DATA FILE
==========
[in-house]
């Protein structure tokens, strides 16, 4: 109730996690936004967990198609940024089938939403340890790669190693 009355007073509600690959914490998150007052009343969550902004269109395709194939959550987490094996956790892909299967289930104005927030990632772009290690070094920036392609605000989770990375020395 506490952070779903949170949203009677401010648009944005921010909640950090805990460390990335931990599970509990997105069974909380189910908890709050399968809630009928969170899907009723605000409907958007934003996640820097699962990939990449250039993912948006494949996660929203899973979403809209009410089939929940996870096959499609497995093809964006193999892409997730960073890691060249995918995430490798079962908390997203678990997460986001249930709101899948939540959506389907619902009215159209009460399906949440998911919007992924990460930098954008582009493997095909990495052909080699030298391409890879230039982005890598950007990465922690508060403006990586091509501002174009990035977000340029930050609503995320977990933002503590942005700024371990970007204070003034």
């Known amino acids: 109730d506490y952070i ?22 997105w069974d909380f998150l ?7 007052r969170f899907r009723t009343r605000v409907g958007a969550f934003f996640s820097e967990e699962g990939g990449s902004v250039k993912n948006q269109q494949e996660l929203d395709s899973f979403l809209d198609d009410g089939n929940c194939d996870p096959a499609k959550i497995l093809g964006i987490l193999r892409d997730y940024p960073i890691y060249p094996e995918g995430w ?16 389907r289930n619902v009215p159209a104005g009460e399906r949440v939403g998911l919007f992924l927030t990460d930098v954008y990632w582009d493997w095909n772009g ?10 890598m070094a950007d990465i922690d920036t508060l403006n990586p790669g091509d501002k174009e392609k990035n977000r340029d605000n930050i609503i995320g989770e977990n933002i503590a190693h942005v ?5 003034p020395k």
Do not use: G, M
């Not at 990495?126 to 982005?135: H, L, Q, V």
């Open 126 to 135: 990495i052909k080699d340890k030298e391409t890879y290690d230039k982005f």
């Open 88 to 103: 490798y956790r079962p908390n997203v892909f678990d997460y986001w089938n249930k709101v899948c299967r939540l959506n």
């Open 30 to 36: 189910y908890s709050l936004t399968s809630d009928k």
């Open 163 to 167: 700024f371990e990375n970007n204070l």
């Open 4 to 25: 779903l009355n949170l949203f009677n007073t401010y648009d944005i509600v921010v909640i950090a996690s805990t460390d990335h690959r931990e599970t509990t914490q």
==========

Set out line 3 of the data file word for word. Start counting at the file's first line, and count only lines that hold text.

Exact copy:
């Known amino acids: 109730d506490y952070i ?22 997105w069974d909380f998150l ?7 007052r969170f899907r009723t009343r605000v409907g958007a969550f934003f996640s820097e967990e699962g990939g990449s902004v250039k993912n948006q269109q494949e996660l929203d395709s899973f979403l809209d198609d009410g089939n929940c194939d996870p096959a499609k959550i497995l093809g964006i987490l193999r892409d997730y940024p960073i890691y060249p094996e995918g995430w ?16 389907r289930n619902v009215p159209a104005g009460e399906r949440v939403g998911l919007f992924l927030t990460d930098v954008y990632w582009d493997w095909n772009g ?10 890598m070094a950007d990465i922690d920036t508060l403006n990586p790669g091509d501002k174009e392609k990035n977000r340029d605000n930050i609503i995320g989770e977990n933002i503590a190693h942005v ?5 003034p020395k």